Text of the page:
For the last couple of years, black garlic has been the thing – slowly fermented until black, the garlic has the taste of parmesan, tamarind and molasses It is gorgeous. Mostly mashed or pureed into other dishes, it is quite versatile, if not an expensive addition to all sorts of dishes including soups, simmered dishes and dressings. Or just spread on some toast.

Ottolenghi took a while to warm to black garlic, but several recipes feature in his books – one absolutely gorgeous one in Nopi, and this one – both with eggplants that have been roasted. In this recipe, from Plenty More, the roasted eggplant slices are drizzled with a yoghurt-black garlic sauce, which is then topped with crispy chilli rings and garlic slices, before being liberally sprinkled with herbs. It is delicious. Of course.

We are cooking our way through Plenty More as our project for the year. We feel free to substitute ingredients that are not readily available in our local area.

Don’t have any black garlic? See the Nopi post for substitutions that work very well.

It is Ottolenghi Cooking the Books Day on the blog – one of two days per month where we publish the latest recipes we have tried in our project of cooking from Ottolenghi’s books – those we have cooked directly and those we have been inspired by. As mentioned, we are cooking from Plenty More, but not ignoring his other books completely. Note that I often massage the recipes to suit what is available from our garden and pantry. For the original recipes, check his books and his Guardian or Telegraph columns.

Similar dishes include Roasted Eggplant with Chickpeas and Herb Yoghurt, Roasted Eggplant with a Garlic Sauce, Smoky Roasted Eggplant in Yoghurt, and Smoky Eggplant and Asparagus.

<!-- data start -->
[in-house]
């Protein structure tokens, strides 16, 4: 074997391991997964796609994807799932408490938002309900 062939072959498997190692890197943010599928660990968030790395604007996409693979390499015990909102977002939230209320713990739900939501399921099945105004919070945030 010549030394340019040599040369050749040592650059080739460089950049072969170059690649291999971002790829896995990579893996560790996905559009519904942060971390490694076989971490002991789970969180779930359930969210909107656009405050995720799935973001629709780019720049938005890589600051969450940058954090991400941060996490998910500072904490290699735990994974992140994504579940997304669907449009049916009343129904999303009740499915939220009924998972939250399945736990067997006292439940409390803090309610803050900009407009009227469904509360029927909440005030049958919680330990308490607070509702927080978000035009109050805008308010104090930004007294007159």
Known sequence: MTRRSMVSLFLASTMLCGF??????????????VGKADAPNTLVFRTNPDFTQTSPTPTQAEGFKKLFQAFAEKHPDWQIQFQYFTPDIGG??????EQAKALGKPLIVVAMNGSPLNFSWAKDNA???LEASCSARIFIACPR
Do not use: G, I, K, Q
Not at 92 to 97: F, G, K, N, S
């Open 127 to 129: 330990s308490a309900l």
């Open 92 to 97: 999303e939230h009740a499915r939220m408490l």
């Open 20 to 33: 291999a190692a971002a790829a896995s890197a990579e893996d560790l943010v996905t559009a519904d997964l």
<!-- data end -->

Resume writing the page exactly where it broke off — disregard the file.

Our Ottolenghi dishes from Plenty More are here. We have written about our experiences cooking through this book. Or explore our Early Winter recipes.

We use Australian measurements: 1 tspn = 5ml; 1 Tblspn = 20ml; 1 cup = 250ml.

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Creamy Horseradish Dressing or Dip

The garden has recently acquired a horseradish plant, so we are beginning to think about uses. It is commonly included in cocktail sauce, cheese sauces, specialty mustards, dips, spreads, hummus, relishes and dressings. It gives coleslaw, potato salad and baked beans an exciting new taste. Horseradish butter, horseradish mayonnaise, horseradish sour cream dip and horseradish barbecue sauce are common. It can be added to stock, even to pizza sauces! But most of all I am looking forward to liberally as a herb. It can be fermented as well.

If you are growing horseradish, it can be used fresh, but mostly it is grated and mixed with vinegar to maintain its fresh, spicy taste.

However, in these recipes, you can use store-bought horseradish, sold in jars at the supermarket.

Are you after other dressings? Try Yoghurt Tahini Dressing, Herb Dressing, and Almond Butter Dressing.

You can browse all of our Dressing recipes here. Or browse all of our Mid Autumn dishes.

This post contains one of the vegetarian recipes from our first blog which was in existence from 1995 – 2006. You can see more of the Retro Recipes series, our vegetarian recipes from that first blog.

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Cabbage or Lettuce Salad with Swiss Cheese and Rye, and a Russian Dressing

Simple salads are still coming – a few more yet – we are nearly at the end of our 101 Salads project. Simple salads can seem at first glance of the recipe to be incomplete, but put them together and the simplicity leaves the vegetables to shine gloriously. Whether it is tomato or Brussels Sprouts, or lettuce, or avocado, or whatever, simple salads remind us that it is Ok to leave ingredients alone, allow them their own space. Elizabeth David was a great advocate of this approach. Ottolenghi, conversely, breaks all the rules of simplicity.

This salad is shredded cabbage (Napa or Wombok) or some lettuce with some nutty Swiss cheese (I love Ementhal) and some rye bread croutons. Dress it with a dressing with a touch of heat. Nice.

Are you after other Cabbage dishes? Try Chilli Cabbage, Wombok Salad and Radish with Peanut Dressing, and Cabbage Thoran.

Also try Tomato and Lettuce Salad with Pickles and Croutons and Grilled Lettuce with Farro and Lemon.

Browse all of our Cabbage dishes, Cabbage Salads and Lettuce Salads, and all of our many, many Salads. Or simply browse our Late Autumn recipes.